Two brothers meet for a Christmas reunion after having been separated by the Berlin Wall (at this point only two years old). It was the first meeting of East/West relatives allowed by the East German government following the wall’s construction. West Berlin - 1963
Two brothers meet for a Christmas reunion after having been separated by the Berlin Wall (at this point only two years old). It was the first meeting of East/West relatives allowed by the East German government following the wall’s construction. West Berlin – 1963

 

 Unemployed men hanging out on the street in San Francisco, California (April 1939). Photo: Dorothea Lange, Library of Congress.

Unemployed men hanging out on the street in San Francisco, California (April 1939).
Photo: Dorothea Lange, Library of Congress.

 

Execution of SS concentration camp physician Eduard Krebsach who was convicted of war crimes at the Mauthausen trial. Krebsbach was an SS concentration camp physician who initiated the mass execution of ill and unfit prisoners by heart injections. Krebsbach often inspected the prisoners and conducted selections for execution. A former inmate recalled Krebsbach's actions during such an inspection: "As the senior SS doctor in the camp, Dr Krebsbach sometimes came to block 5 and had the still surviving Jews paraded before him. He then asked if any of them were doctors. If there were, he would say: 'You Jewish pig, you’re just an abortionist.' The next day they were done away with by the kapos. If a Jewish inmate was lying on the floor with a broken limb - a not uncommon occurrence at work - he was usually thrown over a wall by a kapo. If Dr Krebsbach were passing, he would say ironically: 'Yes, this broken foot is a hopeless case.' "Josef Herzler, former Mauthausen inmate" Dr. Krebsbach´s career at KZ Mauthausen-Gusen ended when he shot Josef Breitenfellner, a soldier from Langenstein who served in the German Army. Krebsbach shot this vacationing young man at his private home, because he and his friends disturbed Krebsbach in the night of May 22, 1943.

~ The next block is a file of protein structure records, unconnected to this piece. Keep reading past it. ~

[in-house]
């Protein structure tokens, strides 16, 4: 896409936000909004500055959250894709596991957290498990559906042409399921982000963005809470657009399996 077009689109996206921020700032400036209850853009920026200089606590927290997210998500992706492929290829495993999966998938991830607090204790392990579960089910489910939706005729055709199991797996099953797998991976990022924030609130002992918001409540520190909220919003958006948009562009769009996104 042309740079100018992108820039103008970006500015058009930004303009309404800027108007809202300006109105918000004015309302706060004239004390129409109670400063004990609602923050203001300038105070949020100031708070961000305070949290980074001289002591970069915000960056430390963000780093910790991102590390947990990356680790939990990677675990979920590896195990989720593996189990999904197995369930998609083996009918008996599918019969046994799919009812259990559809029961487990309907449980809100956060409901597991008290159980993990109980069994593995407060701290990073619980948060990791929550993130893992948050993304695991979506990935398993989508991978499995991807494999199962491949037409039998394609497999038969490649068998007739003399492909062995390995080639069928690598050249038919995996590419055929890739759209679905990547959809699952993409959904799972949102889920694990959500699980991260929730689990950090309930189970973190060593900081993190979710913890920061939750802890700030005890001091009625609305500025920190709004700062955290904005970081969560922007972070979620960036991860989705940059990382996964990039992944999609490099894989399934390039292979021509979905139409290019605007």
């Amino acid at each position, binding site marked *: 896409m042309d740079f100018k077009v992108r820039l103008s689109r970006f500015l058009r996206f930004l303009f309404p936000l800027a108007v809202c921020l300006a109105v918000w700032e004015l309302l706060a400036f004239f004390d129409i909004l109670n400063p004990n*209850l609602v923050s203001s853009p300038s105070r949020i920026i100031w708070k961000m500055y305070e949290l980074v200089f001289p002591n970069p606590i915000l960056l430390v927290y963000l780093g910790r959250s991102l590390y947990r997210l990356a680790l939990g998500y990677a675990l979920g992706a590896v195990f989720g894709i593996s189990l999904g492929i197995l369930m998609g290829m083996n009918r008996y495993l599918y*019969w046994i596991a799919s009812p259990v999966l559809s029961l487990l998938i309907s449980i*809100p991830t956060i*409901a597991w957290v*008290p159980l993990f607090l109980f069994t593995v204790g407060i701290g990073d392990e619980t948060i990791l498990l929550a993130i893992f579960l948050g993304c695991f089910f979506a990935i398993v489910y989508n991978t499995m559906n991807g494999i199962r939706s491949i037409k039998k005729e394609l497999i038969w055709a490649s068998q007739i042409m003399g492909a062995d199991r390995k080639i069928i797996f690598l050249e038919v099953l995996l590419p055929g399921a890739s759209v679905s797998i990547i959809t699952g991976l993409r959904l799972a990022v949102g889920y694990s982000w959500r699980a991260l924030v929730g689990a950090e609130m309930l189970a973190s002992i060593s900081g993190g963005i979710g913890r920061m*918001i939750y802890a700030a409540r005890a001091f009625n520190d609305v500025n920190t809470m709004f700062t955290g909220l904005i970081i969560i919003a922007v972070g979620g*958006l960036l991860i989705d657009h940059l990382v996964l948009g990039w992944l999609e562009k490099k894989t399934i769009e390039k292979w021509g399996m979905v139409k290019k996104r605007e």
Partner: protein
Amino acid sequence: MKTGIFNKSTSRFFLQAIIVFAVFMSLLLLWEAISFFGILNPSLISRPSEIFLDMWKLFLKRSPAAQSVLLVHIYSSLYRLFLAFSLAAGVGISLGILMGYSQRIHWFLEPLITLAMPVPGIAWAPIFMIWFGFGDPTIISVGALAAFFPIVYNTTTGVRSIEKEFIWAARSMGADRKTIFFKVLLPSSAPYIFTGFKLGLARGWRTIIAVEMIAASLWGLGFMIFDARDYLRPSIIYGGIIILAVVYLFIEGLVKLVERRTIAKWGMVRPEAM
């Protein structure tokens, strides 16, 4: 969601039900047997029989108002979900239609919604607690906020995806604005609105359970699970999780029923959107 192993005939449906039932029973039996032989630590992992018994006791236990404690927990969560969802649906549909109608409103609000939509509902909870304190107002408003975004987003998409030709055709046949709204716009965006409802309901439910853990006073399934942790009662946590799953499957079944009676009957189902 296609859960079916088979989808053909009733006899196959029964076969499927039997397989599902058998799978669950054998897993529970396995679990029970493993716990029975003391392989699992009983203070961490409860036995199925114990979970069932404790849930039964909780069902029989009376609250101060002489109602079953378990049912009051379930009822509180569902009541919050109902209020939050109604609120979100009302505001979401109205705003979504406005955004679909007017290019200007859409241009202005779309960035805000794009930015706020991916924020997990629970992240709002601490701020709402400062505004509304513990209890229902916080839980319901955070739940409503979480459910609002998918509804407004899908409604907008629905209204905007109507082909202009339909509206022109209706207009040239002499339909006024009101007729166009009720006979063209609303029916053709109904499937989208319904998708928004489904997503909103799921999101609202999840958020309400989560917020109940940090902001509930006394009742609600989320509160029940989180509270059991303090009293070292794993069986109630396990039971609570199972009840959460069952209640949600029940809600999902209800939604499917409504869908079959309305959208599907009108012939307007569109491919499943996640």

Execution of SS concentration camp physician Eduard Krebsach who was convicted of war crimes at the Mauthausen trial. Krebsbach was an SS concentration camp physician who initiated the mass execution of ill and unfit prisoners by heart injections.
Krebsbach often inspected the prisoners and conducted selections for execution. A former inmate recalled Krebsbach’s actions during such an inspection: “As the senior SS doctor in the camp, Dr Krebsbach sometimes came to block 5 and had the still surviving Jews paraded before him. He then asked if any of them were doctors. If there were, he would say: ‘You Jewish pig, you’re just an abortionist.’ The next day they were done away with by the kapos. If a Jewish inmate was lying on the floor with a broken limb – a not uncommon occurrence at work – he was usually thrown over a wall by a kapo. If Dr Krebsbach were passing, he would say ironically: ‘Yes, this broken foot is a hopeless case.’ “Josef Herzler, former Mauthausen inmate”
Dr. Krebsbach´s career at KZ Mauthausen-Gusen ended when he shot Josef Breitenfellner, a soldier from Langenstein who served in the German Army. Krebsbach shot this vacationing young man at his private home, because he and his friends disturbed Krebsbach in the night of May 22, 1943.

 

Broad Street, New York, 1905.
Broad Street, New York, 1905.

 

James Byron Dean (February 8, 1931 – September 30, 1955) was an American actor. He is a cultural icon of teenage disillusionment and social estrangement, as expressed in the title of his most celebrated film, Rebel Without a Cause (1955), in which he starred as troubled teenager Jim Stark. The other two roles that defined his stardom were loner Cal Trask in East of Eden (1955) and surly ranch hand Jett Rink in Giant (1956). Dean's enduring fame and popularity rest on his performances in only these three films. Dean's premature death in a car crash cemented his legendary status. He became the first actor to receive a posthumous Academy Award nomination for Best Actor, and remains the only actor to have had two posthumous acting nominations. In 1999, the American Film Institute ranked him the 17th best male movie star of Golden Age Hollywood in AFI's 100 Years...100 Stars list.